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tennessee muslims finally get to open their mosque just in time for though limo of ramadan which starts tonight. federal judge ordered rutherford county to conduct a final inspection of the mosque today. it comes after two years of legal challenges and several acts of vandalism, arson and even a bomb threat. chick-fil-a has made no secret of hits cpi values and its president is making it clear that when it comes to opposing
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gay marriage he and his company are guilty as charged. those are the words chick-fil-a's main man says. it's unleash ad firestorm of outrage. according to the christian post, he goes even further during an interview on the ken coleman show saying quote i pray god's mercy on our generation that has such a prideful, arrogant attitude to think that we have the audacity to redefine what marriage is all about. the managing editor of cnn's food blog. has been following this story. talk about huge backlash. >> oh, my goodness social media is on fire right now both on twitter and on facebook. people have known about this particular stance of chick-fil-a for a long time and now they are using the power of the internet, you know, to talk back about it. our news blog this just in lined up a whole bunch of vehement.
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hate mongers. good by chick-fil-a. i can't eat nuggets filled with hate. both sides are weighing in pretty heavily. people are fwad they are standing up for their beliefs and others are saying you know chicken is delicious but i'll forego that for right now. >> it's received also a lot of support too, right? >> this is certainly true. and really the story is, this has been going on for a very, very long time. we've written about it pretty extensively. for ages fast food companies have been putting their dollars towards beliefs, causes that they believe in. just it hasn't been quite as blatant. you have things from in and out burger, putting bible verses on their food and putting it out for the public but this is actively taking a tans against certain part of their consumer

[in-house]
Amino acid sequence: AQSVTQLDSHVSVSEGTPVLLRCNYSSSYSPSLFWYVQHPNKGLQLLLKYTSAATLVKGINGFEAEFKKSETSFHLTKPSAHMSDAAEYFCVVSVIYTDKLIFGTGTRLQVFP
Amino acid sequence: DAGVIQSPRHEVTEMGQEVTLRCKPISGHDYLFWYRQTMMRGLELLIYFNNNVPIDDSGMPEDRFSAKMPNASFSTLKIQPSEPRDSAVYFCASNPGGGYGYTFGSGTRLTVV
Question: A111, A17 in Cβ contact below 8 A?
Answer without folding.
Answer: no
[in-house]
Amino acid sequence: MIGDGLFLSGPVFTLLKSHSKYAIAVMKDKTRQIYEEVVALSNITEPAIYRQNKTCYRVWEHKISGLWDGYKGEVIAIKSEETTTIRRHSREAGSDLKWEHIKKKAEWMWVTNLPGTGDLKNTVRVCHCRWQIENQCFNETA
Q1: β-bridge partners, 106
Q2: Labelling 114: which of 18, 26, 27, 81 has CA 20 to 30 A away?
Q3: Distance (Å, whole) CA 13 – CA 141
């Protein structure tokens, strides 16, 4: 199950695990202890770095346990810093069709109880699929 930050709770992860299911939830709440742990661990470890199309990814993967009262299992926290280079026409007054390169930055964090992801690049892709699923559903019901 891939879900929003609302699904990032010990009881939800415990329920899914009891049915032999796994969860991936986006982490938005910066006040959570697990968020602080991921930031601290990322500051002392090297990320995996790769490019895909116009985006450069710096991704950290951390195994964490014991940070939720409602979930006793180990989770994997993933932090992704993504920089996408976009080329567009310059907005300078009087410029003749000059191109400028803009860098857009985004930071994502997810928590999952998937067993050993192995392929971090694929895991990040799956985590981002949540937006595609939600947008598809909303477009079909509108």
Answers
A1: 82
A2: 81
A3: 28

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base and people are just not having that. >> so you read some of the criticism there on facebook and also some tweets. here's someone that we pulled it actually in support of what the president had said. david jones just wanted to say i'm proud that you stand firm in your beliefs. you knew the risks and still took the plunge. may god bless this company with abundance. never back down. sharon boyd wrote thank you for standing up for what you believe. the truth is not hate it's just the truth. question four. what type of impact, because we have talked about this before and we've talked a lot about the christian values that chick-fil-a always talks about and their hiring practices and how they feel about certain issues especially gay marriage. what kind of impact do you think the company is really going to see? >> i really don't expect that they will see very much because they have been so public about this issue to this point that i think anybody has pretty much made their decision. i received an e-mail from a colleague today who is gay and
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who would sort of pay money to stay in line at chick-fil-a for him before so he wouldn't be seen in line. he said as of today no more. very popular video online right now, a chef has shown how to make a fill-a-gay which is a sandwich that mimics the taste of chick-fil-a sandwich. you can support that need and not support the politics of a brand that doesn't support you. pretty divided. >> we definitely should not be surprised. there will be a lot more videos. let me go ahead, we did get an issue from chick-fil-a. chick-fil-a culture and service tradition in our restaurants is to treat every person with honor, dignity and respect, regardless of their belief, race, creed, sexual orientation or gender. going forward our intent is to leave the policy debate over same sex marriage to the government and political arena. it sounds like he might have got
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himself in a bit of trouble coming out saying what he said because now the statement clearly is sort of toning down what he had commented on. >> this is true. in their mission statement they write that at the heart and soul of our business we're a family business that serves people and they believe in the biblical definition of marriage. i've been surprised how many people are swayed by really delicious chicken to step over the line. >> hey, it's true. i never knew about chick-fil-a until i moved to the south. let me tell you it's a popular place. >> it's funny. i come from new york city here and you say chick-fil-a and people don't know what you're talking about. there's only one here. you have to go the nyu campus to eat there. this may be an issue that's contained regionally, but as long as they have a facebook page, as long as they have a twitter people will be talking